Many plant seeds are considered to remain dormant for a period of time depending on various circumstances. Dormancy in seeds is often needed by some plants in order to preserve the life of some seeds before actual germination. In many cases, not all seeds of a plant will germinate at a specific period. Some will remain dormant and will only germinate on a staggered basis. Dormancy is important for many seeds because it may serve as form of protection from possible harsh weather conditions and elimination from herbivorous animals. With temporary dormancy, the seeds also require to remain viable and healthy for eventual germination. This is the very reason that dormant seeds continue to breathe or respire while being somewhat restricted in terms of germination. The seeds need to respire just enough air to keep them alive and make them last a period of natural dormancy.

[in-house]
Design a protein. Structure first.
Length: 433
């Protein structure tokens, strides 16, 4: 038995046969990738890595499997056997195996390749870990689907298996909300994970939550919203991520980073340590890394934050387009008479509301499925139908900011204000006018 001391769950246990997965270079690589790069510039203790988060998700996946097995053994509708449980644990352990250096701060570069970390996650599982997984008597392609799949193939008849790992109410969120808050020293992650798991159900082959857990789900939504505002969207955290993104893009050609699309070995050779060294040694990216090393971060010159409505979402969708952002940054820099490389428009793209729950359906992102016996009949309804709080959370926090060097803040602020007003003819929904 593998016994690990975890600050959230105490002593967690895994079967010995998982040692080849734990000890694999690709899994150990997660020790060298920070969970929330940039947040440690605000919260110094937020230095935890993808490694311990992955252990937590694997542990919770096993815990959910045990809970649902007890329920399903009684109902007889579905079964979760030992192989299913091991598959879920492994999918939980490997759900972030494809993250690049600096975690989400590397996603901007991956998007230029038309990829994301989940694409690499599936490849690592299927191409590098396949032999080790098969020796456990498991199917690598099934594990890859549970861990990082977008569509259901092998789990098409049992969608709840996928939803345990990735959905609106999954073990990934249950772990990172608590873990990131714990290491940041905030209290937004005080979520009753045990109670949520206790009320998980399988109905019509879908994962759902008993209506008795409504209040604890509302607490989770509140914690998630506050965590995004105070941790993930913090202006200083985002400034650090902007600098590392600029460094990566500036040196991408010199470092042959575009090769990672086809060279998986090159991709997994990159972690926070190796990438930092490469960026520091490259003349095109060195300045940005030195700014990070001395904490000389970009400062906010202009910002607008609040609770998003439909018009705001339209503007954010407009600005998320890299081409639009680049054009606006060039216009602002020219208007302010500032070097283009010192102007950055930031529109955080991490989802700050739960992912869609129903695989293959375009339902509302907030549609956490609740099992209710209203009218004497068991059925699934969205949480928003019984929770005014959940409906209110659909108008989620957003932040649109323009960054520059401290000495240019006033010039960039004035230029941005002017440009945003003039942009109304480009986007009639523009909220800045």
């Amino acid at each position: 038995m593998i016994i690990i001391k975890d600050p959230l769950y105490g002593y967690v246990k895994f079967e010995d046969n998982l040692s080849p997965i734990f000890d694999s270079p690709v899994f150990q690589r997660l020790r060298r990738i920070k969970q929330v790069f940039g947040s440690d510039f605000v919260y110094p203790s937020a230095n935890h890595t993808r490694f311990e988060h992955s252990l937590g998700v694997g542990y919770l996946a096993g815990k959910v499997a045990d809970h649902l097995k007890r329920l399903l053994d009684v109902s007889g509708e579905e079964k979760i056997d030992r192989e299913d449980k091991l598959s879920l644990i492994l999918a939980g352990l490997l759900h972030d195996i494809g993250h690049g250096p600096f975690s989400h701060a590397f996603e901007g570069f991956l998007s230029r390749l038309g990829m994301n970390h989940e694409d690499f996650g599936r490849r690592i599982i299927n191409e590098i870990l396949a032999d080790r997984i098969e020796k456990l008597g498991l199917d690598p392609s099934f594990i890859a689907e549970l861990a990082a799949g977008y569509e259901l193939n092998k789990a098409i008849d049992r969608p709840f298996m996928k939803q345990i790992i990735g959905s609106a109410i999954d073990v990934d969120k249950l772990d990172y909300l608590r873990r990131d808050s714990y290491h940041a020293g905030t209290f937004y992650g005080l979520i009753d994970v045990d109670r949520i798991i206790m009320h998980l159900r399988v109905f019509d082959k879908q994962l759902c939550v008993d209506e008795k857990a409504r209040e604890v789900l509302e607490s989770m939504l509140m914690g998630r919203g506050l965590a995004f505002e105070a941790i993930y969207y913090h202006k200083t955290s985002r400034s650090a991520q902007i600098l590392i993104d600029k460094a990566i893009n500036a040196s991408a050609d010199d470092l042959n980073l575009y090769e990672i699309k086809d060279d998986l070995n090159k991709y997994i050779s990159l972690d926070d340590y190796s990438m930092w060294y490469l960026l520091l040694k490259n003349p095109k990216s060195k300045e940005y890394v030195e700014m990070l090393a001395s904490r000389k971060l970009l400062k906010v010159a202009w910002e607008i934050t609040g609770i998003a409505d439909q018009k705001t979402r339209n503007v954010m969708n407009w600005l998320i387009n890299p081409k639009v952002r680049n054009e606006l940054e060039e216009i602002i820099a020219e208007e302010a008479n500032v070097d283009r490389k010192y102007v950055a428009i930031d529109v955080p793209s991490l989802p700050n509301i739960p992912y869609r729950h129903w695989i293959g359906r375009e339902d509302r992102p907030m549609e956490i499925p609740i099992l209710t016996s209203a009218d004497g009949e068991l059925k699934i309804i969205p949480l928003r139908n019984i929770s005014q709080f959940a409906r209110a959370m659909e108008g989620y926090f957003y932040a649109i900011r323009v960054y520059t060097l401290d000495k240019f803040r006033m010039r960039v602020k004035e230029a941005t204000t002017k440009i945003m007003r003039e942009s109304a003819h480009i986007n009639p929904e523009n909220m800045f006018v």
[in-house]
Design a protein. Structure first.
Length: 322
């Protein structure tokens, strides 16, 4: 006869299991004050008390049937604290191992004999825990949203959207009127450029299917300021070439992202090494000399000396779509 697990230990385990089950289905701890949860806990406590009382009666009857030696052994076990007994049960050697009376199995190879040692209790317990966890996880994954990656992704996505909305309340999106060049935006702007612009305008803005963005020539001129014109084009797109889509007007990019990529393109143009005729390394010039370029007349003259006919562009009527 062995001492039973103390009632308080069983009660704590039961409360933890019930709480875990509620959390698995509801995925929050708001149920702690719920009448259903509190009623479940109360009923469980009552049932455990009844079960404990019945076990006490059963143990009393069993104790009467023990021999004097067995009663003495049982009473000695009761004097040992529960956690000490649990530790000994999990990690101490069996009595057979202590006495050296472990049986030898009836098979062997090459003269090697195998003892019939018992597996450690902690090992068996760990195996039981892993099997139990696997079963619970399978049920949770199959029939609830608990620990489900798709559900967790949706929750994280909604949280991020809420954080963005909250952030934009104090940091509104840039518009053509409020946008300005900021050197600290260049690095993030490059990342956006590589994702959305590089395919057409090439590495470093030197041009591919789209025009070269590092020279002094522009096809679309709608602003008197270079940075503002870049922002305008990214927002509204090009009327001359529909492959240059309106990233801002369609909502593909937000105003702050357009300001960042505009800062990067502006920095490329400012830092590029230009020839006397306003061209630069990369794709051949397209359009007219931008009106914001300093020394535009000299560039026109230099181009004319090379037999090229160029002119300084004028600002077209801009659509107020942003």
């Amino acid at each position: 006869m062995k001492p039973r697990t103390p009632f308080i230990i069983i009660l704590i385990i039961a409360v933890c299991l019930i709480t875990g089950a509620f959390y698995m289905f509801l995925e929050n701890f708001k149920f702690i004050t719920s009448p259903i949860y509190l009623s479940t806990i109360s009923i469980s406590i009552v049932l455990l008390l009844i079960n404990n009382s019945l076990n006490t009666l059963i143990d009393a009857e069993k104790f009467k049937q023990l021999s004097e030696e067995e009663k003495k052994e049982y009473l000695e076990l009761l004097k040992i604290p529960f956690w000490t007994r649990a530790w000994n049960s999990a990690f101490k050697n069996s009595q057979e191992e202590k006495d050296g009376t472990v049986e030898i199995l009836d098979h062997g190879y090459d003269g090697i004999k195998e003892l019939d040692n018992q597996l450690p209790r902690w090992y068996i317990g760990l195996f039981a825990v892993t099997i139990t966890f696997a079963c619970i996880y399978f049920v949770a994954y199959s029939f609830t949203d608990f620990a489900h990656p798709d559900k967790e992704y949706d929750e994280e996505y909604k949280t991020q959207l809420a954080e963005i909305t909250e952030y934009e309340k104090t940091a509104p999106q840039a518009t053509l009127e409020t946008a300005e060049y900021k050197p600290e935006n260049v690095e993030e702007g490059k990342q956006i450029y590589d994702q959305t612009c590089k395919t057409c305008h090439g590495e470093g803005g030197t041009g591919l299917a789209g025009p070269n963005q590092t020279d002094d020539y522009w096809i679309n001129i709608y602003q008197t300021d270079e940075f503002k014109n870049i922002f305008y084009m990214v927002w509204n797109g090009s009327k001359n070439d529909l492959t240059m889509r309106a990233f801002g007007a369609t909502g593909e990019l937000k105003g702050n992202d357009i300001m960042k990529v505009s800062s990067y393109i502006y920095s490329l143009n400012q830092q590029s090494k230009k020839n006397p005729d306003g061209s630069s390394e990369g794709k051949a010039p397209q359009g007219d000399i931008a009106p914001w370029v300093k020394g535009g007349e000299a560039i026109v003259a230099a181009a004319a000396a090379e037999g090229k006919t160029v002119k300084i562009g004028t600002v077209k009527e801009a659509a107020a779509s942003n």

In order for seeds to respire and continue to be alive and healthy, they also need to have enough moisture from water. Hydration is said to be very essential for seeds to survive a long dormancy period. Some seeds will remain dormant for several months, while there are also seeds that continue to be dormant for many years. There are also cases wherein the length of dormancy is dependent on various circumstances. There are seeds for example that have very hard outer shells and only extreme temperatures may be able to break them and allow for germination to occur. Other seeds also need to be pre-treated in order to proceed with the germination process. With coats that are literally impermeable, some plant seeds need pre-treatment in order to break the coats and allow the seed to grow and develop. With the possible long dormancy period, seeds must somehow continue to respire and breathe to prepare themselves in their succeeding growth stages.